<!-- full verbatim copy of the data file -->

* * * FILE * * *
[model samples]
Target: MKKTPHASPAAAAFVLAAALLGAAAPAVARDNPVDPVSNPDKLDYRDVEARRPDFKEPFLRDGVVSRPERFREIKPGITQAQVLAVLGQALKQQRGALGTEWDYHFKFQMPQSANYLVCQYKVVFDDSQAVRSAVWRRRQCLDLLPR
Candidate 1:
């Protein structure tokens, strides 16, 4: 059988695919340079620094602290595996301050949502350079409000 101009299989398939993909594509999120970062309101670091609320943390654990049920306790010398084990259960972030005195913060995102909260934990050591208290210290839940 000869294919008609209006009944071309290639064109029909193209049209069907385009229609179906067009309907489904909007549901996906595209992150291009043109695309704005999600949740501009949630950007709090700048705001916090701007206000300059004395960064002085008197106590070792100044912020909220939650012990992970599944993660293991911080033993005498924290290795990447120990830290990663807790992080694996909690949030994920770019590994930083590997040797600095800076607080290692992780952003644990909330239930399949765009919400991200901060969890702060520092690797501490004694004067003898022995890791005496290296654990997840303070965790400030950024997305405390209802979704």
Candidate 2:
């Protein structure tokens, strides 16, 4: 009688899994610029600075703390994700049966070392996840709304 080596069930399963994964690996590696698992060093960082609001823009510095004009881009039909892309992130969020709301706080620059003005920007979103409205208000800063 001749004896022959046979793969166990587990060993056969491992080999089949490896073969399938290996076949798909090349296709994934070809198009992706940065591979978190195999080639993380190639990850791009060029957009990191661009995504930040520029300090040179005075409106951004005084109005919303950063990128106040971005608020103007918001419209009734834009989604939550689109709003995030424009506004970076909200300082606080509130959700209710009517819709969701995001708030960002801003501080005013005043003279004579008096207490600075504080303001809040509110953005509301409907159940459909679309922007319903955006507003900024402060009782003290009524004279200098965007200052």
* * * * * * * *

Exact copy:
[model samples]
Target: MKKTPHASPAAAAFVLAAALLGAAAPAVARDNPVDPVSNPDKLDYRDVEARRPDFKEPFLRDGVVSRPERFREIKPGITQAQVLAVLGQALKQQRGALGTEWDYHFKFQMPQSANYLVCQYKVVFDDSQAVRSAVWRRRQCLDLLPR
Candidate 1:
């Protein structure tokens, strides 16, 4: 059988695919340079620094602290595996301050949502350079409000 101009299989398939993909594509999120970062309101670091609320943390654990049920306790010398084990259960972030005195913060995102909260934990050591208290210290839940 000869294919008609209006009944071309290639064109029909193209049209069907385009229609179906067009309907489904909007549901996906595209992150291009043109695309704005999600949740501009949630950007709090700048705001916090701007206000300059004395960064002085008197106590070792100044912020909220939650012990992970599944993660293991911080033993005498924290290795990447120990830290990663807790992080694996909690949030994920770019590994930083590997040797600095800076607080290692992780952003644990909330239930399949765009919400991200901060969890702060520092690797501490004694004067003898022995890791005496290296654990997840303070965790400030950024997305405390209802979704």
Candidate 2:
């Protein structure tokens, strides 16, 4: 009688899994610029600075703390994700049966070392996840709304 080596069930399963994964690996590696698992060093960082609001823009510095004009881009039909892309992130969020709301706080620059003005920007979103409205208000800063 001749004896022959046979793969166990587990060993056969491992080999089949490896073969399938290996076949798909090349296709994934070809198009992706940065591979978190195999080639993380190639990850791009060029957009990191661009995504930040520029300090040179005075409106951004005084109005919303950063990128106040971005608020103007918001419209009734834009989604939550689109709003995030424009506004970076909200300082606080509130959700209710009517819709969701995001708030960002801003501080005013005043003279004579008096207490600075504080303001809040509110953005509301409907159940459909679309922007319903955006507003900024402060009782003290009524004279200098965007200052």